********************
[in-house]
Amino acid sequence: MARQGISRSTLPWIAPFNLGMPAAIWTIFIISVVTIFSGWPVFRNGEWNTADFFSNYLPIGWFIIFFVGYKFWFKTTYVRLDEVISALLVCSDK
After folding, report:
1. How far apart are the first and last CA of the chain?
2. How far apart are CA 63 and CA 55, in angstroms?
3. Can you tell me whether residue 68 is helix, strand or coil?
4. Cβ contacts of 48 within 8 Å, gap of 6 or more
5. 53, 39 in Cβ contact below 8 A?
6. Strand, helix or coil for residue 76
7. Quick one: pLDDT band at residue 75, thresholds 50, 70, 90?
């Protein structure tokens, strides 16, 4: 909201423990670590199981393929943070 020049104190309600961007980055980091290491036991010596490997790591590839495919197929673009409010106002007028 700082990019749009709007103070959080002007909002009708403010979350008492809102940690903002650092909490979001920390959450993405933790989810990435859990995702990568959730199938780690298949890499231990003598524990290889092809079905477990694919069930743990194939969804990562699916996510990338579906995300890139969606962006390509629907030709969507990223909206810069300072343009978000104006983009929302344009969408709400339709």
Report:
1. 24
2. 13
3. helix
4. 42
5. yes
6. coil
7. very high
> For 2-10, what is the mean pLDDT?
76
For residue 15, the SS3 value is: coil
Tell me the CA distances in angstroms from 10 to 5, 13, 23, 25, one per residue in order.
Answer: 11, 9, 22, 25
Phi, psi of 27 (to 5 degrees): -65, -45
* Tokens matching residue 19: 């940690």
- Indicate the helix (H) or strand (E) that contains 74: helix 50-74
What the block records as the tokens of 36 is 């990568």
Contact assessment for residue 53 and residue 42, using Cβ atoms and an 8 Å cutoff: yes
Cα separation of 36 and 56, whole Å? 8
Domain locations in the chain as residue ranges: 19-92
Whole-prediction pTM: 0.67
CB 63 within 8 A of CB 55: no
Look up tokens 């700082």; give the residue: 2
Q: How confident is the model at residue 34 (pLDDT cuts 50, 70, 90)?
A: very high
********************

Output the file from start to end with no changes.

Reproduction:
[in-house]
Amino acid sequence: MARQGISRSTLPWIAPFNLGMPAAIWTIFIISVVTIFSGWPVFRNGEWNTADFFSNYLPIGWFIIFFVGYKFWFKTTYVRLDEVISALLVCSDK
After folding, report:
1. How far apart are the first and last CA of the chain?
2. How far apart are CA 63 and CA 55, in angstroms?
3. Can you tell me whether residue 68 is helix, strand or coil?
4. Cβ contacts of 48 within 8 Å, gap of 6 or more
5. 53, 39 in Cβ contact below 8 A?
6. Strand, helix or coil for residue 76
7. Quick one: pLDDT band at residue 75, thresholds 50, 70, 90?
């Protein structure tokens, strides 16, 4: 909201423990670590199981393929943070 020049104190309600961007980055980091290491036991010596490997790591590839495919197929673009409010106002007028 700082990019749009709007103070959080002007909002009708403010979350008492809102940690903002650092909490979001920390959450993405933790989810990435859990995702990568959730199938780690298949890499231990003598524990290889092809079905477990694919069930743990194939969804990562699916996510990338579906995300890139969606962006390509629907030709969507990223909206810069300072343009978000104006983009929302344009969408709400339709």
Report:
1. 24
2. 13
3. helix
4. 42
5. yes
6. coil
7. very high
> For 2-10, what is the mean pLDDT?
76
For residue 15, the SS3 value is: coil
Tell me the CA distances in angstroms from 10 to 5, 13, 23, 25, one per residue in order.
Answer: 11, 9, 22, 25
Phi, psi of 27 (to 5 degrees): -65, -45
* Tokens matching residue 19: 């940690």
- Indicate the helix (H) or strand (E) that contains 74: helix 50-74
What the block records as the tokens of 36 is 């990568």
Contact assessment for residue 53 and residue 42, using Cβ atoms and an 8 Å cutoff: yes
Cα separation of 36 and 56, whole Å? 8
Domain locations in the chain as residue ranges: 19-92
Whole-prediction pTM: 0.67
CB 63 within 8 A of CB 55: no
Look up tokens 């700082």; give the residue: 2
Q: How confident is the model at residue 34 (pLDDT cuts 50, 70, 90)?
A: very high